Boredom is a childhood right and without it, our kids miss out on the chance to learn how to entertain themselves. We can’t expect our children to play happily by themselves if we don’t provide them with consistent, unstructured time to do just that. When a problem presents itself during quiet time, the child has to face it head on without mom and dad stepping in which builds their confidence in themselves. Self reliance is a fundamental life skill that can be encouraged at a very young age (I have to remind myself of this when the helicopter mom in me rears its ugly head).

By implementing quiet time every day, we are giving our kids an opportunity to learn about themselves and their interests. This is when their imagination takes ahold of them and they can immerse themselves in play and explore the things that spark their curiosity. When we quiet down the world around them, our children can listen to themselves more easily and deeply.

Quiet time is especially useful on busy days. Even if they don’t realize it, kids need time to process what happened at school or that playdate in an un-stimulating environment. If it’s go go go all the time, our children will eventually crash (usually right around dinner time) and they will turn into a tearful, raging mess. Children encounter stressful experiences just like we do, but they don’t always know how to cope with these stressors. Relaxing mid day is a healthy way to process life’s anxieties and is a tool they will continue to use into adulthood.

Young children crave routine because it gives them a sense of security in a world full of the unknown. Quiet time adds to the rhythm of the day which provides our children with comfort they can count on.


Quiet time for parents is like a deep breath. We have a chance to gather our thoughts, focus on what needs getting done, and just be alone for a moment. Parents can use this time to fold the laundry, prep dinner in peace, clean the bathrooms, take a shower, or just take a god damn break. I typically check in with my tasks for the day, try to get one thing done off my to do list and then do something just for me like listen to a podcast or read a book.  Some days. I focus entirely on tidying or cleaning and other days I am so exhausted that I just lay there on the couch, surfing the internet.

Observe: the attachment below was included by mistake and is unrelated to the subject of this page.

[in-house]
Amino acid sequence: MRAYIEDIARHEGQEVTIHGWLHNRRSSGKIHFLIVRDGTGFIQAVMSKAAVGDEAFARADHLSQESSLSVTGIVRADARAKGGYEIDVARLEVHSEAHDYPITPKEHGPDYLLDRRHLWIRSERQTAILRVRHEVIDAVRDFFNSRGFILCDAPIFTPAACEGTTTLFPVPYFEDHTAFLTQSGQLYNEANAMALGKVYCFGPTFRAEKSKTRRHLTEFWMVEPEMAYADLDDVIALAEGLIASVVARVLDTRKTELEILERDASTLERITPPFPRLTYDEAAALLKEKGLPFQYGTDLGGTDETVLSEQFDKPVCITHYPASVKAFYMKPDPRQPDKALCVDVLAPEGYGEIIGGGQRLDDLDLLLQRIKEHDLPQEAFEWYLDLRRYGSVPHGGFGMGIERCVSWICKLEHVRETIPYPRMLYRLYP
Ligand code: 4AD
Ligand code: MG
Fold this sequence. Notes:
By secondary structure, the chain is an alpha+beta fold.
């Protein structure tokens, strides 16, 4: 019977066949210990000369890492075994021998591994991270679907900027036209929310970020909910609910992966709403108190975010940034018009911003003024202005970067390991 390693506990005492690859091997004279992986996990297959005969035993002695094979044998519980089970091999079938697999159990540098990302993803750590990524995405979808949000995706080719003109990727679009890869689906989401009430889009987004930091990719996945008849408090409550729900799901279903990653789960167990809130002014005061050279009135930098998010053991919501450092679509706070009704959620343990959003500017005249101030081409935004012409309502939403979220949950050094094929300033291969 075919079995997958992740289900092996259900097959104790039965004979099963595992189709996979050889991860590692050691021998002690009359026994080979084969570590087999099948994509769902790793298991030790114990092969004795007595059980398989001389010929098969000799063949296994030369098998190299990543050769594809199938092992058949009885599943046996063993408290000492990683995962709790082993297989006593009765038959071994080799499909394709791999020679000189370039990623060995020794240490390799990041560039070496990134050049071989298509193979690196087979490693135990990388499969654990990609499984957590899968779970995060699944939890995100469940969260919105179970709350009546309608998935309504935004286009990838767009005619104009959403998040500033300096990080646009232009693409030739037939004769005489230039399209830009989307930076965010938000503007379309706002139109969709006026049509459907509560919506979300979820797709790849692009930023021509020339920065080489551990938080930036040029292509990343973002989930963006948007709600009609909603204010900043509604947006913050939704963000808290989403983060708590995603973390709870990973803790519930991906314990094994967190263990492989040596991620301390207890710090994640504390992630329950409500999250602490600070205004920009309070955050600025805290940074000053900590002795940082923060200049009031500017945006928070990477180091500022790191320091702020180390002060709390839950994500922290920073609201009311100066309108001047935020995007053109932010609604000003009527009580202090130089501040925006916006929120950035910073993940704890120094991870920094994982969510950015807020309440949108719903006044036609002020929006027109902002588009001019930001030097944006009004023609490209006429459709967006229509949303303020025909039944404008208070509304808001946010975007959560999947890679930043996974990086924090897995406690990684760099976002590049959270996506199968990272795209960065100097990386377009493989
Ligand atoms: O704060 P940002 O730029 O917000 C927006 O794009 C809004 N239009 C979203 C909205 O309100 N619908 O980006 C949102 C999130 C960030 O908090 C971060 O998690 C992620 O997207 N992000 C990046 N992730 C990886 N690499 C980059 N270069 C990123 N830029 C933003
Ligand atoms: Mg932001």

Sometimes we just need a little bit of space. Our kids are like magnets to us: crawling at our feet while we are trying to make dinner, popping their heads in the bathroom to say hi while we are trying to take a shit in peace, and literally hanging on us throughout the day. We love our children, but sometimes we need a physical break from them in order to recharge. Remember that old phrase, distance makes the heart grow fonder? It applies to our kids as well. When I was working part time, I would pick up my daughter from her Granny’s house and I swear she was cuter and sweeter than ever during that first hour of our reunion. Having a short separation during the day gives both parents and children the energy to seize the rest of the day together.

Do you have quiet time at your house? Leave a comment explaining what quiet time looks like for your family.